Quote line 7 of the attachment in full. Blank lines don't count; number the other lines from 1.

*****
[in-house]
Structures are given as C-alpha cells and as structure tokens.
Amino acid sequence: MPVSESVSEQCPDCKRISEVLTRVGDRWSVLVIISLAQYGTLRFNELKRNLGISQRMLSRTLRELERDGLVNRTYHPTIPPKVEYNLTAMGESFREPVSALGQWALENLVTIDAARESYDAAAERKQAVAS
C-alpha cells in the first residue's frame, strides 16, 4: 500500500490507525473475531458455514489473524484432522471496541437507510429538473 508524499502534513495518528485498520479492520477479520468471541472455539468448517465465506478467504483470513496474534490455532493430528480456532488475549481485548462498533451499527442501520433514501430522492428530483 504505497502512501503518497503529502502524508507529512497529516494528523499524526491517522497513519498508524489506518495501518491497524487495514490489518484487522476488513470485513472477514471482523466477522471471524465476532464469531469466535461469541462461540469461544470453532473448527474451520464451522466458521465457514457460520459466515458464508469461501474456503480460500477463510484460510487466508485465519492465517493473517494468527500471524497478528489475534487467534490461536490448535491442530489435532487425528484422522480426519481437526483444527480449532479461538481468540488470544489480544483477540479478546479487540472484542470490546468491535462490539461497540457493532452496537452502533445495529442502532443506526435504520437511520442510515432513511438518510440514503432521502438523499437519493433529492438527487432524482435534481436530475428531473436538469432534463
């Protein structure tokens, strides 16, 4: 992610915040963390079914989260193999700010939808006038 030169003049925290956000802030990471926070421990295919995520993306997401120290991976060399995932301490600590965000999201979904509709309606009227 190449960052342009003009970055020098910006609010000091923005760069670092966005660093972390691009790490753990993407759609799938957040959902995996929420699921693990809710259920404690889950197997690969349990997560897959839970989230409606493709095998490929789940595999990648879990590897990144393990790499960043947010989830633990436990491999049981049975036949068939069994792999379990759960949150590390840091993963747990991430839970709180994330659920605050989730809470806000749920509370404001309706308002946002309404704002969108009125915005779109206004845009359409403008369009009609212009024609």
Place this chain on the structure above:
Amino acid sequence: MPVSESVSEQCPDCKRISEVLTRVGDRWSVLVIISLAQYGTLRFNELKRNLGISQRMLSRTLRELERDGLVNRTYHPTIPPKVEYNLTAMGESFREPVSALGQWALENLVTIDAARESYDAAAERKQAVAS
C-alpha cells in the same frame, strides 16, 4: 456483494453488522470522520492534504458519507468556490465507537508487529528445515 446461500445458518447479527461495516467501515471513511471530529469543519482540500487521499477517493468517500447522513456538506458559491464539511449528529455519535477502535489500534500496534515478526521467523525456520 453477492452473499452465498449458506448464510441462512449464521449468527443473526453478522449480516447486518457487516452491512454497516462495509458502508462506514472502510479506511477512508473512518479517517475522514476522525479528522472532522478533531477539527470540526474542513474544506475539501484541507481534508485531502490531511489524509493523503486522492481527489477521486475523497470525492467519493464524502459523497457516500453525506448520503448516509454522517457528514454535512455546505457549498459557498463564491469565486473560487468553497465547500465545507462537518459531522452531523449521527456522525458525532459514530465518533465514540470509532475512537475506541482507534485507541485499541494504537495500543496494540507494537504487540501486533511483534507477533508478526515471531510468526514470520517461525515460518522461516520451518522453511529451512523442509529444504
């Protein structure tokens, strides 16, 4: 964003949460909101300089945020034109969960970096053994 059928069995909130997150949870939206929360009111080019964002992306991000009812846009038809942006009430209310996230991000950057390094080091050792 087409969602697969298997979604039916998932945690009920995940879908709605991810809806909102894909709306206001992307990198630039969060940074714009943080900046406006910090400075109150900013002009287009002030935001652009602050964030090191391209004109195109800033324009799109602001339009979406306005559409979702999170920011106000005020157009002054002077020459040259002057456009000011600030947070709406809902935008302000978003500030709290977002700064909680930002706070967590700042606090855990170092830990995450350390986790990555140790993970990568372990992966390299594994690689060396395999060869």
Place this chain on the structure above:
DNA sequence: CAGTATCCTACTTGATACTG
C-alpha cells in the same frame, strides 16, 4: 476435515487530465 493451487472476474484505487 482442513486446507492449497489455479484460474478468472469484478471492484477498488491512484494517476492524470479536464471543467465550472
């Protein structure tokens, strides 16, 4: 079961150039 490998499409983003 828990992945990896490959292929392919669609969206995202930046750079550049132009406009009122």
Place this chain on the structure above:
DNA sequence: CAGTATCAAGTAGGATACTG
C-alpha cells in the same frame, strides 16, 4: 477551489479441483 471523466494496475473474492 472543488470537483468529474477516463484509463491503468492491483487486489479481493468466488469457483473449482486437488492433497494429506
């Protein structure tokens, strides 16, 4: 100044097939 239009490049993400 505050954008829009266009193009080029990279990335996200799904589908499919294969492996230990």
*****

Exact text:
Amino acid sequence: MPVSESVSEQCPDCKRISEVLTRVGDRWSVLVIISLAQYGTLRFNELKRNLGISQRMLSRTLRELERDGLVNRTYHPTIPPKVEYNLTAMGESFREPVSALGQWALENLVTIDAARESYDAAAERKQAVAS